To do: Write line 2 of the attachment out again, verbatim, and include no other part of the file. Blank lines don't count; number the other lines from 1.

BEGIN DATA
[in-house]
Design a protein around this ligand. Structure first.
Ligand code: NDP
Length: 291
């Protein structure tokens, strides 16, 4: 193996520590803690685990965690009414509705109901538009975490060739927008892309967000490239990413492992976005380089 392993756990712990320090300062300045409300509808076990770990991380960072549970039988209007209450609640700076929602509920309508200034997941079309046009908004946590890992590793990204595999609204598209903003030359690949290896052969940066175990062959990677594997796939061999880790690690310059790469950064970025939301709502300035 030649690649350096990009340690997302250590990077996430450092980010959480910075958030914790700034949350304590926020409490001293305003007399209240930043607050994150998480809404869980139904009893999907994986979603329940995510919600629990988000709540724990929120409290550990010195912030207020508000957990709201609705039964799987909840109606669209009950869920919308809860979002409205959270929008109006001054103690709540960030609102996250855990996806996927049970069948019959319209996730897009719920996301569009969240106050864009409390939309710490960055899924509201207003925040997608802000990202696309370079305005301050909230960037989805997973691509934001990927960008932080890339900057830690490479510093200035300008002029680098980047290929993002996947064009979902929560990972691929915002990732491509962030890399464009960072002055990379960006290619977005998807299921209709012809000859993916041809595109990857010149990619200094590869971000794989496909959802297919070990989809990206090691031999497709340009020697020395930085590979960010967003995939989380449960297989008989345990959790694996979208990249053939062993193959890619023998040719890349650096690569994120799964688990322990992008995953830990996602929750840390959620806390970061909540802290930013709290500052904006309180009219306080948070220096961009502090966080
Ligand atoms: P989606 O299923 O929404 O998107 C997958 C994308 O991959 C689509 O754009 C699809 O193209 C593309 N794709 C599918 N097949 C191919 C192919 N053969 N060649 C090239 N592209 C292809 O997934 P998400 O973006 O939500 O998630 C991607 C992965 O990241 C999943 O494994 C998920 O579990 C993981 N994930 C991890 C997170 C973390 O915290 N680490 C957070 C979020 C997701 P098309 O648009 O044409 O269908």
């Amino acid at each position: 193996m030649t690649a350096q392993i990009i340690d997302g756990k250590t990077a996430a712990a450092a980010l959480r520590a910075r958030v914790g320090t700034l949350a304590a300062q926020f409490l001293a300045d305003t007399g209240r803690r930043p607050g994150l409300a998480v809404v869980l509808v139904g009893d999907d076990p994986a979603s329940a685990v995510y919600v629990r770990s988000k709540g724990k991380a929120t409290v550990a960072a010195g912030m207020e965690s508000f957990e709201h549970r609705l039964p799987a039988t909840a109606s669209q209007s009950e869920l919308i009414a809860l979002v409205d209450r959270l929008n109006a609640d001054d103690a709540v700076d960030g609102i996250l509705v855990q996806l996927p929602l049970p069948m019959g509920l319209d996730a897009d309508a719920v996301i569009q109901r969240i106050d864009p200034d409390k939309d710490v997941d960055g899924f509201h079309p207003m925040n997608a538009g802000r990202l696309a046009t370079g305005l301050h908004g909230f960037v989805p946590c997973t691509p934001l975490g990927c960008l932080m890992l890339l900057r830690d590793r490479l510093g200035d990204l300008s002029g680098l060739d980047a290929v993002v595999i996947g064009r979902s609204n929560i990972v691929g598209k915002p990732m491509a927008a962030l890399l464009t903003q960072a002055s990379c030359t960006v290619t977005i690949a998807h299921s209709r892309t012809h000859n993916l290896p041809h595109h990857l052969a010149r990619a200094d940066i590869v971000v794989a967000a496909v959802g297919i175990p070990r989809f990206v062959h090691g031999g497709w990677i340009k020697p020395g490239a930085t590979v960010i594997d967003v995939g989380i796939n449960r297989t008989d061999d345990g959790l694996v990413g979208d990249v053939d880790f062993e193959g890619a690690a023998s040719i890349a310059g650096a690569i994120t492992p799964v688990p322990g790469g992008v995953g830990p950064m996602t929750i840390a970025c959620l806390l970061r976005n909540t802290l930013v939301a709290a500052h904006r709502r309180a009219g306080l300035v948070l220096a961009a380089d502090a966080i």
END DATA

Design a protein around this ligand. Structure first.